Saving Ukrainian Children: Mission Possible

August 18, 2023
Ukrainian civil society has shown remarkable solidarity and effectiveness.
Photo credit: “Save Ukraine”

Especially since the beginning of Russian aggression against Ukraine in 2014 and the subsequent full-scale invasion in 2022.

Numerous charitable foundations and volunteer organisations have taken on critical responsibilities, providing vital assistance to Ukrainians.

Notably, the "Save Ukraine" foundation has evacuated over 100,000 children and their families from conflict zones. The foundation works tirelessly to ensure the safe return of Ukrainian children who have been illegally deported.

UkraineWorld spoke with Mykola Kuleba, the foundation's founder and leader, who shed light on this important mission.

How does “Save Ukraine” rescue people?

“Save Ukraine”- is a rescue network, founded in 2014. It began to gain experience in rescuing children and their families from war zones at the time.

“Before the full-scale invasion, we rescued around 60,000 people. Thus, step-by-step the organisation learned how to work, communicate, and improve its operations.

The team was strengthened after the full-scale invasion began, with more than 100 people strong. Additionally, more than 300 volunteers are engaged in the foundation’s activities, and hundreds of people work in the foundation's various programmes.

"Save Ukraine" activities are divided into three categories: rescue, restoration, and reconstruction. We evacuate people from war zones, provide healthcare, assist them in returning to normal life, and support them in integrating into new territorial communities. We’ve already evacuated more than 100,000 people. Mostly, they are women and children.

The foundation has also been taking action to rescue Ukrainian children from deportation. It managed to get more than 100 children accompanied by their families and 131 abducted children back from the occupied territories of Ukraine and Russia.

There are numerous shocking stories associated with this effort.

For example, we recently rescued a 12-year-old boy whose parents were murdered by Russians, with the boy having watched everything.

We tracked down his elder sister and secretly saved him from occupied Mariupol because the Russians would refuse to hand him over. The boy is a witness of war crimes.

Within the project, we have specialised centres where we help rescued Ukrainians return to normal life. Children and families who have been evacuated are taken to hope and healing centres. There are a total of seven of them.

We also have a centre for abducted children whom we brought back to Ukraine and reunited with their families. There is a centre for women and children who became victims of sexual abuse, and a centre for abandoned elderly people.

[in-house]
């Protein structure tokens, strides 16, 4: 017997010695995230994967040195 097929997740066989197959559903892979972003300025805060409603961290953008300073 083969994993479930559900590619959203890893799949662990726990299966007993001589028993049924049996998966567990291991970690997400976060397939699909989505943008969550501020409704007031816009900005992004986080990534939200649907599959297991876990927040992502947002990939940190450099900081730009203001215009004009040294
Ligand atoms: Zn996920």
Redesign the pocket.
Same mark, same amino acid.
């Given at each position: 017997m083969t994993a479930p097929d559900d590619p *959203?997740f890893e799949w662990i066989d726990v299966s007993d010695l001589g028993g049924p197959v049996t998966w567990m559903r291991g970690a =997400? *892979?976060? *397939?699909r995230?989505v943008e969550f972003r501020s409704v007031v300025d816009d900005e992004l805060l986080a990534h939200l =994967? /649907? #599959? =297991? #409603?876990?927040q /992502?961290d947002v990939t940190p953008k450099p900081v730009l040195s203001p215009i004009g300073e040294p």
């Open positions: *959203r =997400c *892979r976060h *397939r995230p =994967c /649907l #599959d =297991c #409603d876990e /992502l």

There are also 16 community centres. These are day care facilities where children and their parents can visit on a daily basis. There, children can study and eat. Specialists work with their traumas as well as the traumas of their parents.

“Save Ukraine” builds special houses, which serve as temporary shelters for families with children who have lost their homes. We have already built 106 of these houses and plan to build 50 more this year.

After rehabilitation at ‘Hope and Healing’ centres, these families can take refuge in these houses in the safest areas. We place them in Western Ukraine, where there is no active shelling".

Challenges the foundation faces

"Save Ukraine faces certain difficulties. First, there are families who don’t realise the risks of being in a war zone, and so it’s difficult to convince them to evacuate. However, we can all understand the difficulty for people to leave their homes.

Also, it is important to remember that the psychological trauma they suffered as a result of the war prevents them from making conscious decisions.

Another difficulty is financing. We know how to save people and restore their lives. But we don’t always have enough funds to open new centres. And of course this comes at a cost; it’s necessary to rent premises, hire employees, and train them.

Rescuing even one child from Russia is a complex, long and an expensive operation.

Thousands of dollars are spent just to go to Russia to take one child and bring them back home, because sometimes you have to wait there for a month or more. The whole process of rescue can take up to six months: it includes searching for the child and their relatives, preparing documents, reclaiming the child, returning them home, and putting them through a rehabilitating process.

That’s why we always ask for financial help, since the number of future rescued children depends on it.

The whole team is inspired and determined to rescue every single child. It gives us strength and motivates us to keep going. We cheer like children at every saved life".

You can learn about the foundation’s activities and support it at the link:

Mykola Kuleba, the foundation's founder and leader